A compelling aspect of Alice Hoffman's novels is that they operate on a level one step removed from reality. Magic spells, omens and old wives' tales are par for the course in a Hoffman novel, giving them an appealing, fairy tale feeling.
But fairy tales usually have a touch of tragedy, and such is the case in Hoffman's 14th novel, "Blue Diary" (Putnam, 303 pages, $24.95).
The book describes Ethan and Jorie Ford, a picture-perfect couple in small-town Massachusetts. He is handsome and hardworking; she is beautiful and kindhearted. In one of many moments of overstatement, Hoffman writes that Ethan has "the stamina of two men, the good looks of three, the heart of at least half a dozen." Their 12-year-old son Collie is healthy and happy, and loves his parents.
It's easy to guess that the Fords are heading for a fall. When an author goes on and on about how utterly perfect a family is, you just know that catastrophe is around the corner. And it is: Ethan is arrested for the rape and murder of a teen-age girl 15 years earlier in Maryland. He confesses to the crime, but says he has redeemed himself through years of exemplary behavior.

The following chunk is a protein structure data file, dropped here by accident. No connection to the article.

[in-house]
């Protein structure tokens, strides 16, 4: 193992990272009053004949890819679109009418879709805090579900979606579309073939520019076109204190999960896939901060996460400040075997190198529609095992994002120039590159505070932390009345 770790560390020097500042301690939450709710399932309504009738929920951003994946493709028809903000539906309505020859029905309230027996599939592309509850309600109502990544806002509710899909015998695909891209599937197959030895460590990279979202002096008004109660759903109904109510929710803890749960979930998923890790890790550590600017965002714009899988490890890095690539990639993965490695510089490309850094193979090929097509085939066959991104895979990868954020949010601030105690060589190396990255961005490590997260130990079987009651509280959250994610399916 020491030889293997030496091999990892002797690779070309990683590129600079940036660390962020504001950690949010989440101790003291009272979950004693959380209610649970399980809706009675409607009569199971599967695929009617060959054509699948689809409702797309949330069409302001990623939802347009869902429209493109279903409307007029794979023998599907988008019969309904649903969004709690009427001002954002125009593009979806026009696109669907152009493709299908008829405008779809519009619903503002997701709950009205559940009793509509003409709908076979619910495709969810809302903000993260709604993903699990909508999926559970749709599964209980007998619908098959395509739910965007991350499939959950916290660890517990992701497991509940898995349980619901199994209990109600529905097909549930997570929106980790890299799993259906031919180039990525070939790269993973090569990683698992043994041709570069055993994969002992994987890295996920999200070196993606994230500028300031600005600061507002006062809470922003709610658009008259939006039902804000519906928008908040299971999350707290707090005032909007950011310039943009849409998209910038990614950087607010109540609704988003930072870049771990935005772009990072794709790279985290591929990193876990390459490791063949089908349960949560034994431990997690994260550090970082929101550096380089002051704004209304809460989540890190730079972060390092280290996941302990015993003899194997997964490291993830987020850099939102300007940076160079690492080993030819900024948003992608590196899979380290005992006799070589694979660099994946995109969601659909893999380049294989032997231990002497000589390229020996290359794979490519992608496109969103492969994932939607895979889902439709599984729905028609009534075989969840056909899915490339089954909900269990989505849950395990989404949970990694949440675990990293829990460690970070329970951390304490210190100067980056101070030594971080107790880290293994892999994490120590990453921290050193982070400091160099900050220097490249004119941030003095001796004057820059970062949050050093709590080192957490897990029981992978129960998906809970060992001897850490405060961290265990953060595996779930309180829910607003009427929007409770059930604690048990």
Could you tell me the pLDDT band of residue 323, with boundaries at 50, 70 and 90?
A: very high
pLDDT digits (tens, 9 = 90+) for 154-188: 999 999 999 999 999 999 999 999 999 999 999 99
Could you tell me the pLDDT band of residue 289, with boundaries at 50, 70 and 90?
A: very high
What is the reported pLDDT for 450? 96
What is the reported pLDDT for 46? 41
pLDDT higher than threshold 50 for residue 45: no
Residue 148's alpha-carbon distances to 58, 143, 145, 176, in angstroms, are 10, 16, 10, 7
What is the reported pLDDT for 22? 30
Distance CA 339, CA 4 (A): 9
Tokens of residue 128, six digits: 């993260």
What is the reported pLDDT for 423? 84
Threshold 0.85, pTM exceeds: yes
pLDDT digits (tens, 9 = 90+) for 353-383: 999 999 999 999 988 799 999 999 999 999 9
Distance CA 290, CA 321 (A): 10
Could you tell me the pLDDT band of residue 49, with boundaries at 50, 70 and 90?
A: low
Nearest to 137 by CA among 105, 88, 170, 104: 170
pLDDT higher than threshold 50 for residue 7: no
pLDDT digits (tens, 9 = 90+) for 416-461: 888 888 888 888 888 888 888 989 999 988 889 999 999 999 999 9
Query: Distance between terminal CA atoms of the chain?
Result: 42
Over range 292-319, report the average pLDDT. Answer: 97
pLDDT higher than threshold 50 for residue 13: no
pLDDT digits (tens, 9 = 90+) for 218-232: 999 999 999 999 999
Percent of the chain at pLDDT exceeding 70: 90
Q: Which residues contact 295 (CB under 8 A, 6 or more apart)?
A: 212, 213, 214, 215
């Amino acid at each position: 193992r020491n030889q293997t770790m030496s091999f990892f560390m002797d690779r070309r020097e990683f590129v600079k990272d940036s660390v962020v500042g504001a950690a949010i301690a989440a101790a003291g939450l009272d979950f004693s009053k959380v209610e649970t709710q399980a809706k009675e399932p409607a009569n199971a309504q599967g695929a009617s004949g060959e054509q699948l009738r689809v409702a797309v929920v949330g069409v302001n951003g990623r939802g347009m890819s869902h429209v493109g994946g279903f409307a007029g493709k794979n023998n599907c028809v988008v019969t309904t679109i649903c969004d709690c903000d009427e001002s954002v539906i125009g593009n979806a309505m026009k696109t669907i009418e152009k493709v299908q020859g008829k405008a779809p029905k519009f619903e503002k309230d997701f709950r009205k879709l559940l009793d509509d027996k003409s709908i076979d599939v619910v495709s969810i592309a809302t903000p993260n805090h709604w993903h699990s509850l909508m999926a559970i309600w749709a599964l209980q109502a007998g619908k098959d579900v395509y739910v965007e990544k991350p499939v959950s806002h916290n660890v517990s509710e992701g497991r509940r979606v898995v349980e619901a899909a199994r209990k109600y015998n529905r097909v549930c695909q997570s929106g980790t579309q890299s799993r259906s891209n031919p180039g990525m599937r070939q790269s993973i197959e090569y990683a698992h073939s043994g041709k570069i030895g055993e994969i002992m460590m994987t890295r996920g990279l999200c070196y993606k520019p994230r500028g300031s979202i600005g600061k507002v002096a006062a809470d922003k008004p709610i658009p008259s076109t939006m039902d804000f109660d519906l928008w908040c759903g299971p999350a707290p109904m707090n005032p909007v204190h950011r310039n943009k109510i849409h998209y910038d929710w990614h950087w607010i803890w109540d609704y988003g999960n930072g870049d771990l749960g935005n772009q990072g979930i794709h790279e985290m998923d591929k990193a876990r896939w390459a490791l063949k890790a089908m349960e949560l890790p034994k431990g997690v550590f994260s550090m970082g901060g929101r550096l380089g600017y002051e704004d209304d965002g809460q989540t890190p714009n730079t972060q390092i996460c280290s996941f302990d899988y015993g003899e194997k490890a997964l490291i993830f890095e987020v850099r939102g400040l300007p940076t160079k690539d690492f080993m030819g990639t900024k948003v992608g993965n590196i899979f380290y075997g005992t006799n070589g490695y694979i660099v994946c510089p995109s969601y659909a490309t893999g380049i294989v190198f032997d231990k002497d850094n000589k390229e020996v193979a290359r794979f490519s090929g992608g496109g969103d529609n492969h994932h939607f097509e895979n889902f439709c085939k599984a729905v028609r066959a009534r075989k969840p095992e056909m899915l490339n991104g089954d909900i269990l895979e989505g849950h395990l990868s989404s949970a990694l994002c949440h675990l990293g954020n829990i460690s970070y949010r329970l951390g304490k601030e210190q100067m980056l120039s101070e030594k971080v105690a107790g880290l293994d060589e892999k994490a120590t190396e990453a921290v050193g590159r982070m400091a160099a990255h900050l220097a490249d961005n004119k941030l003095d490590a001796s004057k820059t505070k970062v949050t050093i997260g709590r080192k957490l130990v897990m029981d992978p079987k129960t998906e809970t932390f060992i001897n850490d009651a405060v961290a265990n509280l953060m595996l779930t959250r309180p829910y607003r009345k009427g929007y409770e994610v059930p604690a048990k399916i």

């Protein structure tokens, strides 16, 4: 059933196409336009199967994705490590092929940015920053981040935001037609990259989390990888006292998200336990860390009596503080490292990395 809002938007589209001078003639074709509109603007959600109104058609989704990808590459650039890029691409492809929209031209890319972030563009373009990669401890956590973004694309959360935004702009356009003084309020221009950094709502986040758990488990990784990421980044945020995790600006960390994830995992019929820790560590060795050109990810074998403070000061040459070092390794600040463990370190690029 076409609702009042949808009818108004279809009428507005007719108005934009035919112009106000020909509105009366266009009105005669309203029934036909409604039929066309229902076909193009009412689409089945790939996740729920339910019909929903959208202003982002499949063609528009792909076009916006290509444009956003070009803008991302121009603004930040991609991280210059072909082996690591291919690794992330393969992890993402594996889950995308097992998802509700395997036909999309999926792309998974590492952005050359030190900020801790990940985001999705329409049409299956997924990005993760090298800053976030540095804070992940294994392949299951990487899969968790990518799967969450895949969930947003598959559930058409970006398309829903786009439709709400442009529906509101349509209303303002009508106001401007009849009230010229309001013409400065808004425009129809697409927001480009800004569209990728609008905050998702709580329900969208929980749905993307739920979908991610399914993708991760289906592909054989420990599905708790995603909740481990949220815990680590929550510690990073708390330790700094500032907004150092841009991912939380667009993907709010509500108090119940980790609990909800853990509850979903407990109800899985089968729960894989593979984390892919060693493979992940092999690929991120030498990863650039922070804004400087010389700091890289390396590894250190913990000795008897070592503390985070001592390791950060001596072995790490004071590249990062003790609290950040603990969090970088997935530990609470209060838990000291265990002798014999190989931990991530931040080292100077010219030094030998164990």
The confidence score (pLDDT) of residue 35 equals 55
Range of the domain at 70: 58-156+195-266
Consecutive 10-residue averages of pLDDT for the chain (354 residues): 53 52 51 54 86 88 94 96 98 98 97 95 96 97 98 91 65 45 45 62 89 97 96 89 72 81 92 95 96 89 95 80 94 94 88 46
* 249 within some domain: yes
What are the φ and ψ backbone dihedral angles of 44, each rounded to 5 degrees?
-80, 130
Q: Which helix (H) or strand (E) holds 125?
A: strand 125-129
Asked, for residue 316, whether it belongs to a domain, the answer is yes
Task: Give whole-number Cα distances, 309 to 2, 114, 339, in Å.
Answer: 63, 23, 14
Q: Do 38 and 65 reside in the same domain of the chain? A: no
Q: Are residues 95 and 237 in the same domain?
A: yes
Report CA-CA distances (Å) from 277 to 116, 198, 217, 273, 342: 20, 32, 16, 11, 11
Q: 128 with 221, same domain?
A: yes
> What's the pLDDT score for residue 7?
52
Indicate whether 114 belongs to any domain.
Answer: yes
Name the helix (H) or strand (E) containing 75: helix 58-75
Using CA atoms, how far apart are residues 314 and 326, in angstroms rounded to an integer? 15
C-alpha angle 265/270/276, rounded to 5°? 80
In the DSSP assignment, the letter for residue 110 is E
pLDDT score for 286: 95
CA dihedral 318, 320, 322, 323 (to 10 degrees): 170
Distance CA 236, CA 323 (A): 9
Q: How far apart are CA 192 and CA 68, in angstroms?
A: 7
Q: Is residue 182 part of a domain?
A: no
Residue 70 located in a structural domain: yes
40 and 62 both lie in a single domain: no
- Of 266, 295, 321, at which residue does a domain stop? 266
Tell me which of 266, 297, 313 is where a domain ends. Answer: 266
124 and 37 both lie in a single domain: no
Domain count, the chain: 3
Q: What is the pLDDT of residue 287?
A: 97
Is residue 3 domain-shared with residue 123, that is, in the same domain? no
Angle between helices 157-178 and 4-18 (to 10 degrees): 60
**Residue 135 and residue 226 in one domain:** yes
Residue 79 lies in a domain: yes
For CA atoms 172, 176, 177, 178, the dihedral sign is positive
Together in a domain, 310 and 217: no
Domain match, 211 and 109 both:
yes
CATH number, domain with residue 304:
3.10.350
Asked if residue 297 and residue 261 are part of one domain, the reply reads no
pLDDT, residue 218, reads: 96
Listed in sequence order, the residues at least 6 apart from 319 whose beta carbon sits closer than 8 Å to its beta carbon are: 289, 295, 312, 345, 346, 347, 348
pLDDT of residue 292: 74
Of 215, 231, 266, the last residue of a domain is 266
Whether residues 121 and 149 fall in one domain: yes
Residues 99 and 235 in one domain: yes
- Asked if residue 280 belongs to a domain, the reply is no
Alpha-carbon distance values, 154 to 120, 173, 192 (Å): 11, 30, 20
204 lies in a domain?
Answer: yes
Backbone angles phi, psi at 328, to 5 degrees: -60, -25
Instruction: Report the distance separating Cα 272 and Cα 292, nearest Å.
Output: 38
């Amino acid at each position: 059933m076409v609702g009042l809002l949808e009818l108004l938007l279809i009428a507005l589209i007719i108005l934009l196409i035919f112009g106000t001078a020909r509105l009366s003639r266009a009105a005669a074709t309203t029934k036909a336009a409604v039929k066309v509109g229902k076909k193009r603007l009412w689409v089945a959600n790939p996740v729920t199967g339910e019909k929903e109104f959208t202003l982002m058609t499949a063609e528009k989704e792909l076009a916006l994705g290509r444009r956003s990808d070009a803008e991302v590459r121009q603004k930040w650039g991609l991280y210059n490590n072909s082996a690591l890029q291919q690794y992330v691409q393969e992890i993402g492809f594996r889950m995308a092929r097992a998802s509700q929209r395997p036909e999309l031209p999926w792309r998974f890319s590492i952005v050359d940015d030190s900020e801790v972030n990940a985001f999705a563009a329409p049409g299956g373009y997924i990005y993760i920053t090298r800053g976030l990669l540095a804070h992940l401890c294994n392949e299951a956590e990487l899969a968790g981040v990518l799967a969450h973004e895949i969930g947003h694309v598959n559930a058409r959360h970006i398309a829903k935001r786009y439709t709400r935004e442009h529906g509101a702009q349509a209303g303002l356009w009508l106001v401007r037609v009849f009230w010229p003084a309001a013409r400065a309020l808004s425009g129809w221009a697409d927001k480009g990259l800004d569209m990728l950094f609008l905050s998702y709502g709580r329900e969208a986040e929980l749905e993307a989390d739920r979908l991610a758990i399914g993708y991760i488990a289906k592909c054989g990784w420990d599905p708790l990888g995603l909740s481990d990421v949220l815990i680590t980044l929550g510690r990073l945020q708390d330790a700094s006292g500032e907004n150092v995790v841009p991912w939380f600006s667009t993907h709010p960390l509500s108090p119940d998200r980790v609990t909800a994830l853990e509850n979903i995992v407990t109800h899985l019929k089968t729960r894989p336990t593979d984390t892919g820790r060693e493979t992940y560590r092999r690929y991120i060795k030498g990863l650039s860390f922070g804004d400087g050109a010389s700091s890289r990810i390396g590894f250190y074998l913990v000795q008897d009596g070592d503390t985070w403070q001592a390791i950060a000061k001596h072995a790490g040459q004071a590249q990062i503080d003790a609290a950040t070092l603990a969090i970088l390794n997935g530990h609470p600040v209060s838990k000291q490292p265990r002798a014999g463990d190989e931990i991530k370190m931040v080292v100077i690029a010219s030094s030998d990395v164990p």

Through flashbacks, Hoffman shows that Ethan really is a different person. Born Bryon Bell, as a boy he was "contrary and vain." He was a criminal who "liked things easy, and he could get downright evil when the least difficulty arose." He set fire to farmers' fields to amuse himself, drove girls to the brink of suicide when he didn't return their affections, and was generally disliked by everyone. Women were attracted to him only because he was "so handsome doves toppled out of the sky to light on his shoulders."
Hoffman raises some interesting questions about guilt, forgiveness and redemption. But the book lacks a real cohesiveness because the main characters are either too perfect or too horrible; they never seem real. The supporting characters are written with a bit more substance, but they are relegated to the sidelines.
As always, Hoffman's powers of description are excellent her lush depiction of nature and the ethereal, dreamy quality of the flashbacks are among the book's more pleasing aspects.